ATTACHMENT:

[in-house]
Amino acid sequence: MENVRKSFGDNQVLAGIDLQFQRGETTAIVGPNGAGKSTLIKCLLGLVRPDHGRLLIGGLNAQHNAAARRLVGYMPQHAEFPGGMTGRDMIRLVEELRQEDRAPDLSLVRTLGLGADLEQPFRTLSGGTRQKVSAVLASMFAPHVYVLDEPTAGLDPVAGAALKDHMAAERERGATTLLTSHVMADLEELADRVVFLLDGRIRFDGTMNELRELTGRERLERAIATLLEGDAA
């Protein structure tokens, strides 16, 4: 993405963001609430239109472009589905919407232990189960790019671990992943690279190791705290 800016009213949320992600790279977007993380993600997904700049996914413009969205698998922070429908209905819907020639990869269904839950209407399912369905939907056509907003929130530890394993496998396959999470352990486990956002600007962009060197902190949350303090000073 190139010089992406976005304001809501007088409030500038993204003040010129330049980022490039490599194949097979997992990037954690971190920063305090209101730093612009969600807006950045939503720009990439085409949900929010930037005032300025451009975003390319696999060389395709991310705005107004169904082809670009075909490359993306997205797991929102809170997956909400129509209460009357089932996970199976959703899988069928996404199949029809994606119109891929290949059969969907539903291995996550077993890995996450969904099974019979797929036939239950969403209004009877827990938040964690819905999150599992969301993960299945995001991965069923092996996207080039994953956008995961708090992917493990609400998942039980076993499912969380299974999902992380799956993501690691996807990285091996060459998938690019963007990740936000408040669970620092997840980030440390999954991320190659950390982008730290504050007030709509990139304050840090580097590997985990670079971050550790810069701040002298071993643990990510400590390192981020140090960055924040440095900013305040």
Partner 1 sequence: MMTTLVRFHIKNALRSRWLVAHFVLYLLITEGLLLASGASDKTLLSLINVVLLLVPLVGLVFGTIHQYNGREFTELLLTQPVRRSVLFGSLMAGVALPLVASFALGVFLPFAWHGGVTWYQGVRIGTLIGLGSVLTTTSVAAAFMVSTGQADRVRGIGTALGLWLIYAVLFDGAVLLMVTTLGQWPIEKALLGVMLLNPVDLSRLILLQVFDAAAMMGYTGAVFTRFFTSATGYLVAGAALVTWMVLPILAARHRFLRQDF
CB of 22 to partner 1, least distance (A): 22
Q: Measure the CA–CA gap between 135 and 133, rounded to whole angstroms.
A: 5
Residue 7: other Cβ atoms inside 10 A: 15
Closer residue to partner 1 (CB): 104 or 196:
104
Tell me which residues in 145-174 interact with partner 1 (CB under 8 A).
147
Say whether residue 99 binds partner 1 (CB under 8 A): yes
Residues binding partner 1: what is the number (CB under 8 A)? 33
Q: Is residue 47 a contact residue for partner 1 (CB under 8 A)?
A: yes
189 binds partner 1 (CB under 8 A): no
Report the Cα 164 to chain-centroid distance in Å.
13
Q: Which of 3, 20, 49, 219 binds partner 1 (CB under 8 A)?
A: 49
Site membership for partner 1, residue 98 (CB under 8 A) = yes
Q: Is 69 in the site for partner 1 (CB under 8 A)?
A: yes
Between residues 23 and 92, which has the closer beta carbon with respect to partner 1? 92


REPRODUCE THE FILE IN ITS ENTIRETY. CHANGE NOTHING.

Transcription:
[in-house]
Amino acid sequence: MENVRKSFGDNQVLAGIDLQFQRGETTAIVGPNGAGKSTLIKCLLGLVRPDHGRLLIGGLNAQHNAAARRLVGYMPQHAEFPGGMTGRDMIRLVEELRQEDRAPDLSLVRTLGLGADLEQPFRTLSGGTRQKVSAVLASMFAPHVYVLDEPTAGLDPVAGAALKDHMAAERERGATTLLTSHVMADLEELADRVVFLLDGRIRFDGTMNELRELTGRERLERAIATLLEGDAA
């Protein structure tokens, strides 16, 4: 993405963001609430239109472009589905919407232990189960790019671990992943690279190791705290 800016009213949320992600790279977007993380993600997904700049996914413009969205698998922070429908209905819907020639990869269904839950209407399912369905939907056509907003929130530890394993496998396959999470352990486990956002600007962009060197902190949350303090000073 190139010089992406976005304001809501007088409030500038993204003040010129330049980022490039490599194949097979997992990037954690971190920063305090209101730093612009969600807006950045939503720009990439085409949900929010930037005032300025451009975003390319696999060389395709991310705005107004169904082809670009075909490359993306997205797991929102809170997956909400129509209460009357089932996970199976959703899988069928996404199949029809994606119109891929290949059969969907539903291995996550077993890995996450969904099974019979797929036939239950969403209004009877827990938040964690819905999150599992969301993960299945995001991965069923092996996207080039994953956008995961708090992917493990609400998942039980076993499912969380299974999902992380799956993501690691996807990285091996060459998938690019963007990740936000408040669970620092997840980030440390999954991320190659950390982008730290504050007030709509990139304050840090580097590997985990670079971050550790810069701040002298071993643990990510400590390192981020140090960055924040440095900013305040």
Partner 1 sequence: MMTTLVRFHIKNALRSRWLVAHFVLYLLITEGLLLASGASDKTLLSLINVVLLLVPLVGLVFGTIHQYNGREFTELLLTQPVRRSVLFGSLMAGVALPLVASFALGVFLPFAWHGGVTWYQGVRIGTLIGLGSVLTTTSVAAAFMVSTGQADRVRGIGTALGLWLIYAVLFDGAVLLMVTTLGQWPIEKALLGVMLLNPVDLSRLILLQVFDAAAMMGYTGAVFTRFFTSATGYLVAGAALVTWMVLPILAARHRFLRQDF
CB of 22 to partner 1, least distance (A): 22
Q: Measure the CA–CA gap between 135 and 133, rounded to whole angstroms.
A: 5
Residue 7: other Cβ atoms inside 10 A: 15
Closer residue to partner 1 (CB): 104 or 196:
104
Tell me which residues in 145-174 interact with partner 1 (CB under 8 A).
147
Say whether residue 99 binds partner 1 (CB under 8 A): yes
Residues binding partner 1: what is the number (CB under 8 A)? 33
Q: Is residue 47 a contact residue for partner 1 (CB under 8 A)?
A: yes
189 binds partner 1 (CB under 8 A): no
Report the Cα 164 to chain-centroid distance in Å.
13
Q: Which of 3, 20, 49, 219 binds partner 1 (CB under 8 A)?
A: 49
Site membership for partner 1, residue 98 (CB under 8 A) = yes
Q: Is 69 in the site for partner 1 (CB under 8 A)?
A: yes
Between residues 23 and 92, which has the closer beta carbon with respect to partner 1? 92